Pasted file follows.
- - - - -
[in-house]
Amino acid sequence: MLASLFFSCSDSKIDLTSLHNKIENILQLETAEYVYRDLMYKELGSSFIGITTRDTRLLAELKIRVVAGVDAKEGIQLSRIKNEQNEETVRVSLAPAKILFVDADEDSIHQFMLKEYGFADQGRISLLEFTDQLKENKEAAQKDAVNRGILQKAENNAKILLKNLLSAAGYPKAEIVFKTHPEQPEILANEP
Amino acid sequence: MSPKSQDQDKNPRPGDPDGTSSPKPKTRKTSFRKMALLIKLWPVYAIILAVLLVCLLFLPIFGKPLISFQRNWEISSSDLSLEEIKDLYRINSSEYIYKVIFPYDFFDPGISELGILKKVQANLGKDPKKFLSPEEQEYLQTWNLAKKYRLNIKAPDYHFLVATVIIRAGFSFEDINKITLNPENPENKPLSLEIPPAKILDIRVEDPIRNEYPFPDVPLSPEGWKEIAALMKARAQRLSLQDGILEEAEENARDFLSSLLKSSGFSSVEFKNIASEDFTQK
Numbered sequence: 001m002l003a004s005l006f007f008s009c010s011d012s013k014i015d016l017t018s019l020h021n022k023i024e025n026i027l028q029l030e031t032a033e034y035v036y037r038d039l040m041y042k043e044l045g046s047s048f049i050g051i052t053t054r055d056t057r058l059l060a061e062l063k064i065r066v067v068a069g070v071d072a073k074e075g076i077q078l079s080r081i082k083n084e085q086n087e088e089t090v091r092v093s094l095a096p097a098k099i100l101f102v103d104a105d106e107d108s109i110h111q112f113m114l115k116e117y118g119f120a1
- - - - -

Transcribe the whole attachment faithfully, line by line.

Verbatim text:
[in-house]
Amino acid sequence: MLASLFFSCSDSKIDLTSLHNKIENILQLETAEYVYRDLMYKELGSSFIGITTRDTRLLAELKIRVVAGVDAKEGIQLSRIKNEQNEETVRVSLAPAKILFVDADEDSIHQFMLKEYGFADQGRISLLEFTDQLKENKEAAQKDAVNRGILQKAENNAKILLKNLLSAAGYPKAEIVFKTHPEQPEILANEP
Amino acid sequence: MSPKSQDQDKNPRPGDPDGTSSPKPKTRKTSFRKMALLIKLWPVYAIILAVLLVCLLFLPIFGKPLISFQRNWEISSSDLSLEEIKDLYRINSSEYIYKVIFPYDFFDPGISELGILKKVQANLGKDPKKFLSPEEQEYLQTWNLAKKYRLNIKAPDYHFLVATVIIRAGFSFEDINKITLNPENPENKPLSLEIPPAKILDIRVEDPIRNEYPFPDVPLSPEGWKEIAALMKARAQRLSLQDGILEEAEENARDFLSSLLKSSGFSSVEFKNIASEDFTQK
Numbered sequence: 001m002l003a004s005l006f007f008s009c010s011d012s013k014i015d016l017t018s019l020h021n022k023i024e025n026i027l028q029l030e031t032a033e034y035v036y037r038d039l040m041y042k043e044l045g046s047s048f049i050g051i052t053t054r055d056t057r058l059l060a061e062l063k064i065r066v067v068a069g070v071d072a073k074e075g076i077q078l079s080r081i082k083n084e085q086n087e088e089t090v091r092v093s094l095a096p097a098k099i100l101f102v103d104a105d106e107d108s109i110h111q112f113m114l115k116e117y118g119f120a1